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Rugrats Go Wild

If you don't have kids, you've probably never willingly watched an episode of Rugrats. (Even if you do have kids, it might still not have been willingly.) But the good folk at Klasky-Csupo Productions have always made sure that the show has something to entertain the adults, usually in the form of pop culture references that there's no way the kids are going to understand. But here's something the fanboys can understand: the crossover.

Little Tommy Pickles, the likeliest hero of Rugrats, idolizes nature show host Nigel Thornberry, himself a secondary character in the Klasky-Csupo show The Wild Thornberrys.. As both shows have taken their shots at big screen stardom, it's only natural for them to meet in Rugrats Go Wild.

So here's the newsflash: it's not bad.

You might be suppressing your gag reflex right now, thinking back to such halcyon movies as The Care Bears Movie or He-Man and She-Ra: The Secret of the Sword, "films" which were really just long TV episodes. Klasky-Csupo has more respect for its audience than that.

They've consistently used the extra budget to actually make their animation better. And they also pay a writer to create something reasonably intelligent and occasionally clever, with references to The Poseidon Adventure and the good Planet of the Apes.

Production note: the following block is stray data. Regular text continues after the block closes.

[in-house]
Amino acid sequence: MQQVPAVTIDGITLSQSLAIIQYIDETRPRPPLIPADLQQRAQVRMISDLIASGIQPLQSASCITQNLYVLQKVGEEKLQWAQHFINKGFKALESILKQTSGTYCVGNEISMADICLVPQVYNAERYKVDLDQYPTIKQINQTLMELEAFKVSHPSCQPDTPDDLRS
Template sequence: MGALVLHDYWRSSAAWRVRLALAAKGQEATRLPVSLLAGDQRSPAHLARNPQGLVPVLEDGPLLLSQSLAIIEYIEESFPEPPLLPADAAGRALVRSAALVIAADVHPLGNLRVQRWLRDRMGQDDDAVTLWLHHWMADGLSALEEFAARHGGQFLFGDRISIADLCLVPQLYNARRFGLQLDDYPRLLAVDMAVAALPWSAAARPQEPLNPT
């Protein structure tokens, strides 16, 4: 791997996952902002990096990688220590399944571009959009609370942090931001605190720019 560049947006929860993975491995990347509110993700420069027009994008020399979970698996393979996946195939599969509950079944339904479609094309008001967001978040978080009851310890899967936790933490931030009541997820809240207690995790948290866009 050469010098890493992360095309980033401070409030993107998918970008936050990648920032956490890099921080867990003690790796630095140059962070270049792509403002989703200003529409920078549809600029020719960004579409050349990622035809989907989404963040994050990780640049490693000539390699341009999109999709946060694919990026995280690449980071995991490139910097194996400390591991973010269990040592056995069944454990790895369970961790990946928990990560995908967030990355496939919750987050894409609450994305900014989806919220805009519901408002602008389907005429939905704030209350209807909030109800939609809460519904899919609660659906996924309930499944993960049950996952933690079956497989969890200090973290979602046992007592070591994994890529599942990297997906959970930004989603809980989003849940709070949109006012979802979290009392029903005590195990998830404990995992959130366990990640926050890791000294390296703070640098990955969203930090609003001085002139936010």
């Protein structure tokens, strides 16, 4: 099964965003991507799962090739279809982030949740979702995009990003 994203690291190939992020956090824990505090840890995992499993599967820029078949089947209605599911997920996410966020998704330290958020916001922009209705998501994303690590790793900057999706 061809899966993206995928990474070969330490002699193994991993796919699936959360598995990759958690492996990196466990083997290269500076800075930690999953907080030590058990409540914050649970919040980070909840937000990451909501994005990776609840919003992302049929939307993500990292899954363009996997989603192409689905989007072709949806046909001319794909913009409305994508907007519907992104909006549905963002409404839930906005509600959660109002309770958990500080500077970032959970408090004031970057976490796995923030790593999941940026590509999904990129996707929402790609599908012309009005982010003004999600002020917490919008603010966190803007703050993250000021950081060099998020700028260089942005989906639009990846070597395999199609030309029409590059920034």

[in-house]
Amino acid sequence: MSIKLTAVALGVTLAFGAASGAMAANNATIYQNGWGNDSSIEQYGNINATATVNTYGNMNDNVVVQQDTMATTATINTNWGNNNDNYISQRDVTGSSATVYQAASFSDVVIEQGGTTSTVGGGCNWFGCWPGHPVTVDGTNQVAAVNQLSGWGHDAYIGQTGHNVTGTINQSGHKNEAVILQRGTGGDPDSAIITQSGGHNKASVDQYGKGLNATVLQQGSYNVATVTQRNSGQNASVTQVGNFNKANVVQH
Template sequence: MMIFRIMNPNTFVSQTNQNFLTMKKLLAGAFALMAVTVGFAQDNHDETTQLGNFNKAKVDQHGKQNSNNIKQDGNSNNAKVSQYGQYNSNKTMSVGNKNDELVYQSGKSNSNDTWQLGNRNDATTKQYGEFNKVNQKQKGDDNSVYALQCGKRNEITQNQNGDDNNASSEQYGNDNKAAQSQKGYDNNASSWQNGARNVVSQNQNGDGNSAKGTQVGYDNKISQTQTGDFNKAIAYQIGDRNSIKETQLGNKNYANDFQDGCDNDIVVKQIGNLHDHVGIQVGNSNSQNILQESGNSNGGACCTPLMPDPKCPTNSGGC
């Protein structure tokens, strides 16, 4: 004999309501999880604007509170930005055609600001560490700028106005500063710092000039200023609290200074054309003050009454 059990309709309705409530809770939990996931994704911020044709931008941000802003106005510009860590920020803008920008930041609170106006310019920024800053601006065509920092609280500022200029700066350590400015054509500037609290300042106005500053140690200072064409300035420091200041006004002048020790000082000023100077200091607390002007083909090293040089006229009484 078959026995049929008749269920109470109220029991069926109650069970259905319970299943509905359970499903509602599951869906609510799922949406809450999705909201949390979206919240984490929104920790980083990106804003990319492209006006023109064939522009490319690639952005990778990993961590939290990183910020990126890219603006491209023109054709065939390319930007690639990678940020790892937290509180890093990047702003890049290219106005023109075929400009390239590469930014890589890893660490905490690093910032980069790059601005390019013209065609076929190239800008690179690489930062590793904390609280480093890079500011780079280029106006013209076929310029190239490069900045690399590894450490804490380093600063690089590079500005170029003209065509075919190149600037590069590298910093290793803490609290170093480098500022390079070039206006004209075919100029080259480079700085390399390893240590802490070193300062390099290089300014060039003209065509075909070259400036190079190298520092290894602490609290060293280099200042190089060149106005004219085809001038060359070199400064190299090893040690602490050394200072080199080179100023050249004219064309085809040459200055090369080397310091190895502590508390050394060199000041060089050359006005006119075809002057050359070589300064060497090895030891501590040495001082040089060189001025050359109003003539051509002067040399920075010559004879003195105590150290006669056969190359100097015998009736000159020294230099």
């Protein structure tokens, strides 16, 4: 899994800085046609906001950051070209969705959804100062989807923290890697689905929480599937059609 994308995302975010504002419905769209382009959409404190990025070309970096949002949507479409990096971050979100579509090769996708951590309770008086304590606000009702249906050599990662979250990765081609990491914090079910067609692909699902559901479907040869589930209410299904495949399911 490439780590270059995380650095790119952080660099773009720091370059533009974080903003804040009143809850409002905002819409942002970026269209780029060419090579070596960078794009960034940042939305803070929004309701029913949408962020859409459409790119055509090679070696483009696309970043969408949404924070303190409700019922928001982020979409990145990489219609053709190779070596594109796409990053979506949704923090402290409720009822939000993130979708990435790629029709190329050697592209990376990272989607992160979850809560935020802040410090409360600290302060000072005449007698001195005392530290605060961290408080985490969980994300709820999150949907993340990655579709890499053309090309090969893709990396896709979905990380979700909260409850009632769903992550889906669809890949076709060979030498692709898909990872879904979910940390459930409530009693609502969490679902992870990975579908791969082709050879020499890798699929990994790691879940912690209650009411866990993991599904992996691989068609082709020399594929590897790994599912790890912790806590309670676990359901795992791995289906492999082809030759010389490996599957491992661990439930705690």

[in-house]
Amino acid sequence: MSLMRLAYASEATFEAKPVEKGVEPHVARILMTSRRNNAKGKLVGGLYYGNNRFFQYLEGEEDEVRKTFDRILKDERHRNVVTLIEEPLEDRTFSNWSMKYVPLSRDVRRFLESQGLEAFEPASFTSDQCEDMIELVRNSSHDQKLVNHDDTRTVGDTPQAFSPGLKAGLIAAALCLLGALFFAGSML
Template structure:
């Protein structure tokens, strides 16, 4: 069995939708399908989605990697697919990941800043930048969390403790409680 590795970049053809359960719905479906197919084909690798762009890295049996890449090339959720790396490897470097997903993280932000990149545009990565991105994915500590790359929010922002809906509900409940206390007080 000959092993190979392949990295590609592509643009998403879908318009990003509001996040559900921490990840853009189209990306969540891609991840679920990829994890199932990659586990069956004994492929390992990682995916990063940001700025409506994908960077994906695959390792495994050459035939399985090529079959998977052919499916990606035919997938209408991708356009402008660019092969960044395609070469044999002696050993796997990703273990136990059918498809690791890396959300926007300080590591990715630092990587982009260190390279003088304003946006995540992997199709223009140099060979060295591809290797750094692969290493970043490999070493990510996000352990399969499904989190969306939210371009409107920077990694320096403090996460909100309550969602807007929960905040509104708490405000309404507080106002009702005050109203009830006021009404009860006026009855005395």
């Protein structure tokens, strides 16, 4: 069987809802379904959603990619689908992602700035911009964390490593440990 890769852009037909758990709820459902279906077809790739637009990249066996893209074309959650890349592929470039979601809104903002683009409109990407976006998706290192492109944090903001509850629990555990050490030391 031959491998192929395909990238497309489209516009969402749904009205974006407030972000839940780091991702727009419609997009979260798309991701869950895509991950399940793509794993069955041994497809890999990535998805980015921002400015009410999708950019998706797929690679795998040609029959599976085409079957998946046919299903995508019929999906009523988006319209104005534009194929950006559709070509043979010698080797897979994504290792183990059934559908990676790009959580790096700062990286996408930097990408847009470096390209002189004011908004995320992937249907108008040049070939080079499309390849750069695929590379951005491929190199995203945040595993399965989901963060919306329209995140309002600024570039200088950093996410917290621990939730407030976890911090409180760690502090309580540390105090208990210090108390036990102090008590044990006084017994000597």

Unfortunately, they didn't splurge on someone to write particularly memorable songs, though they somehow felt duty-bound to make this a musical. After Disney's last two non-musical animation disasters, perhaps Nickelodeon felt a little nervous. At worst, the songs are a minor distraction. Unless you believe that Bruce Willis, voicing Spike the Dog, cannot sing, and that Chrissie Hynde as a leopard must be rather embarrassed to have a duet with him.

Because their main audience is still the under 7 set, yes, the movie tends to be a little heavy on the moral lesson side, and it's the same lesson The Thornberrys were supposed to have learned at the end of their solo film.

But Rugrats Go Wild has two things worth mentioning, and then I'm going to stop trying to convince you of its merit.

First, there's that respect for the audience's intelligence. Late in the film, there's a scene where Nigel Thornberry really, truly believes that he's going to die, and it's beautifully underplayed. Hence, it's an incredibly believable and moving moment as he shows courage, unwilling to panic the babies he has found himself stuck with. In fact, it's one of the most affecting moments in a film I've seen all year.

Second, Rugrats Go Wild is filmed in Odorama. At various times throughout the film, the audience gets a cue to scratch and sniff a card, that they might smell what the movie characters smell. At first, the strawberry cupcake seems refreshing and pleasant, if faint in real bouquet. However, the stinky feet scent is a triumph of olfactory engineering.

I was more grateful that on my card, at least, the fish smelled like thin cardboard.

Kids might drag you to this movie. Don't worry; you might actually have a good time. For the love of heaven, though, don't smell the feet.

What's it worth? $6

Derek McCaw

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